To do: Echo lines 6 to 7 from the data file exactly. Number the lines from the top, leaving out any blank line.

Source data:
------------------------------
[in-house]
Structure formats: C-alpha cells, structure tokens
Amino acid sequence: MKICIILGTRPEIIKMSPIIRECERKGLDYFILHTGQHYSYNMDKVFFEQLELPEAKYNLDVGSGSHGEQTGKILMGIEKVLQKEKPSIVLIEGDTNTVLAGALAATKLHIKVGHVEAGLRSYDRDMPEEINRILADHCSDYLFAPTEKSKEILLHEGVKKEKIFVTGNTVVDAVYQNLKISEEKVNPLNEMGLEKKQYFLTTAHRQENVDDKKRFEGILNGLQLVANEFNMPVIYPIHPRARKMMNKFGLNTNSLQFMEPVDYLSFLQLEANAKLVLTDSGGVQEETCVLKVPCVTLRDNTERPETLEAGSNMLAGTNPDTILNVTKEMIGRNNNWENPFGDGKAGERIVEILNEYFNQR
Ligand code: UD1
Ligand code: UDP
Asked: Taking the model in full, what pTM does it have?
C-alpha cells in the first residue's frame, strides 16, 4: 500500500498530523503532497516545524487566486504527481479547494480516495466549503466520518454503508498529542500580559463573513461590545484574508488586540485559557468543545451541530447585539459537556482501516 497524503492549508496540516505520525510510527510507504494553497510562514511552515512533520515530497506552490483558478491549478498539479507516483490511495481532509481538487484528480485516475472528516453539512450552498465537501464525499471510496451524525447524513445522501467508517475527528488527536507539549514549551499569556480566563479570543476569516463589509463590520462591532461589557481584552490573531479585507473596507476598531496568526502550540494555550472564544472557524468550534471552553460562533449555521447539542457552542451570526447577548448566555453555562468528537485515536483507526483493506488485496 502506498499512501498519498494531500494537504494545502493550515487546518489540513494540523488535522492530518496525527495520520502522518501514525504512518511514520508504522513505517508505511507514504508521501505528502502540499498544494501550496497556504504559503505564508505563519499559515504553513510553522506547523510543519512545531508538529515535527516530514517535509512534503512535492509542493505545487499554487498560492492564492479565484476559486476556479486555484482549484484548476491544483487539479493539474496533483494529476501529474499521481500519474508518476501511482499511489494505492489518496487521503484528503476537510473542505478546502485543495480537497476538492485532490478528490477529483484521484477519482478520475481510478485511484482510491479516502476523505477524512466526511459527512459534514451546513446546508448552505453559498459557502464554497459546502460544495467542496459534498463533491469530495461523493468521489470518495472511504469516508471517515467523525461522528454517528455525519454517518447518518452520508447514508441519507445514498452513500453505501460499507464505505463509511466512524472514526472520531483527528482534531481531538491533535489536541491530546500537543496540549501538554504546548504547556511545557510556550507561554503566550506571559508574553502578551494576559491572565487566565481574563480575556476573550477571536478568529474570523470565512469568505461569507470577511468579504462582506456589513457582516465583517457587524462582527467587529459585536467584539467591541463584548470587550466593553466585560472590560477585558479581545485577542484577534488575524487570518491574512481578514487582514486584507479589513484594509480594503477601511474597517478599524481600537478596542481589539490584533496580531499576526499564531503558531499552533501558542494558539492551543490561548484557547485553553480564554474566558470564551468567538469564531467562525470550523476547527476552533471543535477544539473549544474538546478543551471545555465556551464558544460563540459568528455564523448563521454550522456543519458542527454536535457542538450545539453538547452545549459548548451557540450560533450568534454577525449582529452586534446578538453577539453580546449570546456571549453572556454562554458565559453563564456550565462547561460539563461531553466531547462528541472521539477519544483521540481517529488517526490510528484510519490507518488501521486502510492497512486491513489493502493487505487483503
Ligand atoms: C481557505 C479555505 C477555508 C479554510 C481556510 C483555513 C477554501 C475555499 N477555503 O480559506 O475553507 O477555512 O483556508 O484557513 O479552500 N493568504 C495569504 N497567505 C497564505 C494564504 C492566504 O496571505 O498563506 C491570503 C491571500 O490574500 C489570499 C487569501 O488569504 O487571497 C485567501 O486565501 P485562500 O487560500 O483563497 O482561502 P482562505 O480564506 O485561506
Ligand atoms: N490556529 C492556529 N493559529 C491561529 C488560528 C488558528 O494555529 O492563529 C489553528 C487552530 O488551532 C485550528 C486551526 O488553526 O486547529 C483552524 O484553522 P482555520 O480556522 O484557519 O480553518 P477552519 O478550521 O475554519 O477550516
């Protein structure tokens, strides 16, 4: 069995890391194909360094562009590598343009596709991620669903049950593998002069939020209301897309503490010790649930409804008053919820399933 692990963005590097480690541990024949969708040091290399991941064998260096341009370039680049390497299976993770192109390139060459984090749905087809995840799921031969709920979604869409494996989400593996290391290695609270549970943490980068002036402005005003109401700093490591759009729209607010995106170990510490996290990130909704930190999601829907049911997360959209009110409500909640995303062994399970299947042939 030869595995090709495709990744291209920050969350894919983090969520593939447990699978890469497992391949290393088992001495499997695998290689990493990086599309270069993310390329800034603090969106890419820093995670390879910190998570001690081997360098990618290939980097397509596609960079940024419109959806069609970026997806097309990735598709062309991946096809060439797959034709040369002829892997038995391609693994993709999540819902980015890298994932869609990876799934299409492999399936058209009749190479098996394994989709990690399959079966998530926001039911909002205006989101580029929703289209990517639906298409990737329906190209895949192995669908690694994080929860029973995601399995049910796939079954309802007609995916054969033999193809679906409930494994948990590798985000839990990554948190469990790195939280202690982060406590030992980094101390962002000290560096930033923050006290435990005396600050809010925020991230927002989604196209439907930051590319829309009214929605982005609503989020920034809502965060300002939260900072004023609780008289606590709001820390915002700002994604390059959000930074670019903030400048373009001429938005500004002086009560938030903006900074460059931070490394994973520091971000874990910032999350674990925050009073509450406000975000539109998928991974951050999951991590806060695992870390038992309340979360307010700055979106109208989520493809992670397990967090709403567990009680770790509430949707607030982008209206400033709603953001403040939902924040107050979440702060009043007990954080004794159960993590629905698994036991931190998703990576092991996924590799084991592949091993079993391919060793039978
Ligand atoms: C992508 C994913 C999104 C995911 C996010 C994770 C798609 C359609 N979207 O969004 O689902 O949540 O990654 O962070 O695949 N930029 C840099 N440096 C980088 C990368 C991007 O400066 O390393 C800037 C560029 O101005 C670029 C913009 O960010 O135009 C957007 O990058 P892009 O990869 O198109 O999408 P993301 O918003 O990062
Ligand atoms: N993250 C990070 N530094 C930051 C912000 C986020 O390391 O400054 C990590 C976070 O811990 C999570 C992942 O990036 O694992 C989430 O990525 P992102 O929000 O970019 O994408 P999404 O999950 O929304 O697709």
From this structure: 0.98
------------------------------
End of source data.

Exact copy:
Asked: Taking the model in full, what pTM does it have?
C-alpha cells in the first residue's frame, strides 16, 4: 500500500498530523503532497516545524487566486504527481479547494480516495466549503466520518454503508498529542500580559463573513461590545484574508488586540485559557468543545451541530447585539459537556482501516 497524503492549508496540516505520525510510527510507504494553497510562514511552515512533520515530497506552490483558478491549478498539479507516483490511495481532509481538487484528480485516475472528516453539512450552498465537501464525499471510496451524525447524513445522501467508517475527528488527536507539549514549551499569556480566563479570543476569516463589509463590520462591532461589557481584552490573531479585507473596507476598531496568526502550540494555550472564544472557524468550534471552553460562533449555521447539542457552542451570526447577548448566555453555562468528537485515536483507526483493506488485496 502506498499512501498519498494531500494537504494545502493550515487546518489540513494540523488535522492530518496525527495520520502522518501514525504512518511514520508504522513505517508505511507514504508521501505528502502540499498544494501550496497556504504559503505564508505563519499559515504553513510553522506547523510543519512545531508538529515535527516530514517535509512534503512535492509542493505545487499554487498560492492564492479565484476559486476556479486555484482549484484548476491544483487539479493539474496533483494529476501529474499521481500519474508518476501511482499511489494505492489518496487521503484528503476537510473542505478546502485543495480537497476538492485532490478528490477529483484521484477519482478520475481510478485511484482510491479516502476523505477524512466526511459527512459534514451546513446546508448552505453559498459557502464554497459546502460544495467542496459534498463533491469530495461523493468521489470518495472511504469516508471517515467523525461522528454517528455525519454517518447518518452520508447514508441519507445514498452513500453505501460499507464505505463509511466512524472514526472520531483527528482534531481531538491533535489536541491530546500537543496540549501538554504546548504547556511545557510556550507561554503566550506571559508574553502578551494576559491572565487566565481574563480575556476573550477571536478568529474570523470565512469568505461569507470577511468579504462582506456589513457582516465583517457587524462582527467587529459585536467584539467591541463584548470587550466593553466585560472590560477585558479581545485577542484577534488575524487570518491574512481578514487582514486584507479589513484594509480594503477601511474597517478599524481600537478596542481589539490584533496580531499576526499564531503558531499552533501558542494558539492551543490561548484557547485553553480564554474566558470564551468567538469564531467562525470550523476547527476552533471543535477544539473549544474538546478543551471545555465556551464558544460563540459568528455564523448563521454550522456543519458542527454536535457542538450545539453538547452545549459548548451557540450560533450568534454577525449582529452586534446578538453577539453580546449570546456571549453572556454562554458565559453563564456550565462547561460539563461531553466531547462528541472521539477519544483521540481517529488517526490510528484510519490507518488501521486502510492497512486491513489493502493487505487483503